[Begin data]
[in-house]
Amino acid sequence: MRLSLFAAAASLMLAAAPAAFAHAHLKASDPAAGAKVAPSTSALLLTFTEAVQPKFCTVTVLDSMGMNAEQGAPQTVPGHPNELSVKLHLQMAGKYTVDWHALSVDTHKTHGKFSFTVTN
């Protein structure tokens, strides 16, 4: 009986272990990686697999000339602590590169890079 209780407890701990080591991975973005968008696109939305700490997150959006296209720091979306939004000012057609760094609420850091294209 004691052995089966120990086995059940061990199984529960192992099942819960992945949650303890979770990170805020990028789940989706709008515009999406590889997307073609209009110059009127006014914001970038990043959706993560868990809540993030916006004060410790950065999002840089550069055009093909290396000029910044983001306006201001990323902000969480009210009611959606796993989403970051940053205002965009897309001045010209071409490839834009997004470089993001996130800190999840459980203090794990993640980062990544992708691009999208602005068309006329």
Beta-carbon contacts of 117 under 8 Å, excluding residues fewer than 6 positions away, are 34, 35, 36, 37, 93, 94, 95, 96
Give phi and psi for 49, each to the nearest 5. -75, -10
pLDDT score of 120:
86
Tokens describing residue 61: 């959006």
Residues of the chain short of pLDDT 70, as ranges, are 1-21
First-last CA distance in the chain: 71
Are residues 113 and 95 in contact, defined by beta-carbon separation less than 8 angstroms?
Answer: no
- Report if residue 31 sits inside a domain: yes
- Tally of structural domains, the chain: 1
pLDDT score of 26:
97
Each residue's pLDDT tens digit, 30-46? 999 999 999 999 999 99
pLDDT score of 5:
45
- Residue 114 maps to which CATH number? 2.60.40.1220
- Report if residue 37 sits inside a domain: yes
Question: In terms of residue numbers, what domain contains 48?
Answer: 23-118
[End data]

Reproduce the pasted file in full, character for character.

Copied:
[in-house]
Amino acid sequence: MRLSLFAAAASLMLAAAPAAFAHAHLKASDPAAGAKVAPSTSALLLTFTEAVQPKFCTVTVLDSMGMNAEQGAPQTVPGHPNELSVKLHLQMAGKYTVDWHALSVDTHKTHGKFSFTVTN
């Protein structure tokens, strides 16, 4: 009986272990990686697999000339602590590169890079 209780407890701990080591991975973005968008696109939305700490997150959006296209720091979306939004000012057609760094609420850091294209 004691052995089966120990086995059940061990199984529960192992099942819960992945949650303890979770990170805020990028789940989706709008515009999406590889997307073609209009110059009127006014914001970038990043959706993560868990809540993030916006004060410790950065999002840089550069055009093909290396000029910044983001306006201001990323902000969480009210009611959606796993989403970051940053205002965009897309001045010209071409490839834009997004470089993001996130800190999840459980203090794990993640980062990544992708691009999208602005068309006329």
Beta-carbon contacts of 117 under 8 Å, excluding residues fewer than 6 positions away, are 34, 35, 36, 37, 93, 94, 95, 96
Give phi and psi for 49, each to the nearest 5. -75, -10
pLDDT score of 120:
86
Tokens describing residue 61: 């959006």
Residues of the chain short of pLDDT 70, as ranges, are 1-21
First-last CA distance in the chain: 71
Are residues 113 and 95 in contact, defined by beta-carbon separation less than 8 angstroms?
Answer: no
- Report if residue 31 sits inside a domain: yes
- Tally of structural domains, the chain: 1
pLDDT score of 26:
97
Each residue's pLDDT tens digit, 30-46? 999 999 999 999 999 99
pLDDT score of 5:
45
- Residue 114 maps to which CATH number? 2.60.40.1220
- Report if residue 37 sits inside a domain: yes
Question: In terms of residue numbers, what domain contains 48?
Answer: 23-118